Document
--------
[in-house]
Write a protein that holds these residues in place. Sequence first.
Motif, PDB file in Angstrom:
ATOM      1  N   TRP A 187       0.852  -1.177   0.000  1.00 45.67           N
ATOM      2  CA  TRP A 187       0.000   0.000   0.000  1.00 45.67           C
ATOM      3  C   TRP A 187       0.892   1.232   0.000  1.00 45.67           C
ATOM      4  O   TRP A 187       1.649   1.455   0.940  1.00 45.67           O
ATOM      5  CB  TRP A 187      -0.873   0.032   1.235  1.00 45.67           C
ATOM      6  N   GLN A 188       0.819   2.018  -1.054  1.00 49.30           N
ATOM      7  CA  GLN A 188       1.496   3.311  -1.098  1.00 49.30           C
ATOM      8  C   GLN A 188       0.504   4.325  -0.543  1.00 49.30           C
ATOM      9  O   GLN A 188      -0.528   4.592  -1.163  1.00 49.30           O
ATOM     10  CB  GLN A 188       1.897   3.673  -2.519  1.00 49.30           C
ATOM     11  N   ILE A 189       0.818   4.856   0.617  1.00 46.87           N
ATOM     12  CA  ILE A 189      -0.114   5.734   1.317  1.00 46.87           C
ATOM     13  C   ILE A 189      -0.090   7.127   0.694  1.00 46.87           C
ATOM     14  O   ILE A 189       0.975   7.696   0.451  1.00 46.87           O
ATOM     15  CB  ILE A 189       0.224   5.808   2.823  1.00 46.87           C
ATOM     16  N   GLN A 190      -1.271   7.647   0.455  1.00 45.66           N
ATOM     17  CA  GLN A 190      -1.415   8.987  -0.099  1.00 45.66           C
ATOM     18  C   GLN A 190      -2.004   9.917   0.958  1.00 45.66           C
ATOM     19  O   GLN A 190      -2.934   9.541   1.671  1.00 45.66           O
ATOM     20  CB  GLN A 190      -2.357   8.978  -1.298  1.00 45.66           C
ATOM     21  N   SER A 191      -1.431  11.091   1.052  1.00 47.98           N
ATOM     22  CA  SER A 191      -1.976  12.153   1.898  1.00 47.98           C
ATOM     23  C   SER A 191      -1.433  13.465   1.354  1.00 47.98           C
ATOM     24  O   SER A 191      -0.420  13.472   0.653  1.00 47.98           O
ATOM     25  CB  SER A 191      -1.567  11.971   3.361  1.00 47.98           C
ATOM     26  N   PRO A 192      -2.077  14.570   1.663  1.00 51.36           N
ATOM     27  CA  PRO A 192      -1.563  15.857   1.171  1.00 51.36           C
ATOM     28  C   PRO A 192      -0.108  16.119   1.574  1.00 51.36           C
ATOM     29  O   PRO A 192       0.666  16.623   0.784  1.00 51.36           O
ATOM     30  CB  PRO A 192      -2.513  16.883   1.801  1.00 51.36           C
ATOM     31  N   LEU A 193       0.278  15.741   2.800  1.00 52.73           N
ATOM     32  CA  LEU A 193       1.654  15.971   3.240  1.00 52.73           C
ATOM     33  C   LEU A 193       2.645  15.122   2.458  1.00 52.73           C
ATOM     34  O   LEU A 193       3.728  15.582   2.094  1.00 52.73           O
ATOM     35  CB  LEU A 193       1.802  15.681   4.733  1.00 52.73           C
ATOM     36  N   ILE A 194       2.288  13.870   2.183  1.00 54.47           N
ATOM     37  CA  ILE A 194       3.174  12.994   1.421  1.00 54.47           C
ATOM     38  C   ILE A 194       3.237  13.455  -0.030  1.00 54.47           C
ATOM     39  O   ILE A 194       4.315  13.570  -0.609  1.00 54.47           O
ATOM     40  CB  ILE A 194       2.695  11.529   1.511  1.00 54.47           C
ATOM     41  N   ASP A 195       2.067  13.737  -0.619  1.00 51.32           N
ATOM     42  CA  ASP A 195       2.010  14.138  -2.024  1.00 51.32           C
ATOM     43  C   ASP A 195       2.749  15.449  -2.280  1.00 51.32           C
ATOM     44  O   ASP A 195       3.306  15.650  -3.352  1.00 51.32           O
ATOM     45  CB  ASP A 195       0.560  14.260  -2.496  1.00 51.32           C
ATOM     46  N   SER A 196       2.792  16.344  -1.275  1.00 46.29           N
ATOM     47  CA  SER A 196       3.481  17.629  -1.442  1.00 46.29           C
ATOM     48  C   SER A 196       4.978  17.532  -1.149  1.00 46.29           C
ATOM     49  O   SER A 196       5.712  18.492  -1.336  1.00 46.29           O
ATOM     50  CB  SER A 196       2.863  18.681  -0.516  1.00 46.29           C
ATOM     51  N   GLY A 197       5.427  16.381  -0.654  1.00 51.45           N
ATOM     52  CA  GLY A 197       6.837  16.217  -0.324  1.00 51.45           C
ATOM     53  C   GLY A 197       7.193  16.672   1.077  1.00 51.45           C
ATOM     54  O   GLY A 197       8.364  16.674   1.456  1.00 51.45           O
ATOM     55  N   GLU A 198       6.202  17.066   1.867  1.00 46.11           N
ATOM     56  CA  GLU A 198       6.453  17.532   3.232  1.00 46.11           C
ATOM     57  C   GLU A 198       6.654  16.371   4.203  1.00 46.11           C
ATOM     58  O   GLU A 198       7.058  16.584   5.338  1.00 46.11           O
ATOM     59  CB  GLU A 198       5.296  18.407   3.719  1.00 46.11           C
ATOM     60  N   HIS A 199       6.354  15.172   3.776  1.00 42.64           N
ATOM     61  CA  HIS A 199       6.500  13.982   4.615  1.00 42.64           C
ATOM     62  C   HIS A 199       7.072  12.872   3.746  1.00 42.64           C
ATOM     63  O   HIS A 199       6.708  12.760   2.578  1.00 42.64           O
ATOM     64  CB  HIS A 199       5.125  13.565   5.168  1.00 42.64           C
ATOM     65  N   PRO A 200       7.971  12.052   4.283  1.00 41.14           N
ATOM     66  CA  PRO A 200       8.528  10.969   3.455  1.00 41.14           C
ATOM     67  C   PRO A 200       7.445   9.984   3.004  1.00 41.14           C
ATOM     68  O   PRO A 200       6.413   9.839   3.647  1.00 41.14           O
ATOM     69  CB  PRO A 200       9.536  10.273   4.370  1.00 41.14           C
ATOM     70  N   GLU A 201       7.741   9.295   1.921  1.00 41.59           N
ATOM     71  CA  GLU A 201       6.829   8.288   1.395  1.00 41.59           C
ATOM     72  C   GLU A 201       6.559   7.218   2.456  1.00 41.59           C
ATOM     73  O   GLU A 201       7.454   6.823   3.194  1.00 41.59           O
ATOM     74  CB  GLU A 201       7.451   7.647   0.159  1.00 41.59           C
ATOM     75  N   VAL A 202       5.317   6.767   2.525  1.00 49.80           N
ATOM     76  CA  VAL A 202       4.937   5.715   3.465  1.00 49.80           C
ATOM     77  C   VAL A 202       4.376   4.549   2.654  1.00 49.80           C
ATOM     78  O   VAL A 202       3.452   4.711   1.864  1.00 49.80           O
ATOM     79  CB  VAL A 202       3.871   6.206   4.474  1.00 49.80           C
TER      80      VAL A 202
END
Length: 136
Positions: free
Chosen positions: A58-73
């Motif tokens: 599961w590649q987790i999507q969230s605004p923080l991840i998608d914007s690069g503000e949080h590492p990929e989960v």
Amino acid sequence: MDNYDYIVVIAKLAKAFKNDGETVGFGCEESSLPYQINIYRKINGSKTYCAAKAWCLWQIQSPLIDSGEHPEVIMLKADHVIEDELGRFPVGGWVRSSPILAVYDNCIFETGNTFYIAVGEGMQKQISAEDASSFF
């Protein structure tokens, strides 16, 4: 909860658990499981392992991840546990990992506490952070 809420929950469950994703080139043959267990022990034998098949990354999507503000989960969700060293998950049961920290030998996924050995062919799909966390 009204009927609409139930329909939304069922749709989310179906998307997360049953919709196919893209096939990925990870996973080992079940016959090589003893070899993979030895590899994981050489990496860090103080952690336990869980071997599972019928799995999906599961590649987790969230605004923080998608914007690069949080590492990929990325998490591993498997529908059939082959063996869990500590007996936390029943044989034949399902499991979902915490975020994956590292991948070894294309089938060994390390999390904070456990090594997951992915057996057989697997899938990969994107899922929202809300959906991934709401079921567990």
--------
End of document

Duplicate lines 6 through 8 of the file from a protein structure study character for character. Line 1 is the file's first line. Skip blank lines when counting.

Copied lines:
ATOM      3  C   TRP A 187       0.892   1.232   0.000  1.00 45.67           C
ATOM      4  O   TRP A 187       1.649   1.455   0.940  1.00 45.67           O
ATOM      5  CB  TRP A 187      -0.873   0.032   1.235  1.00 45.67           C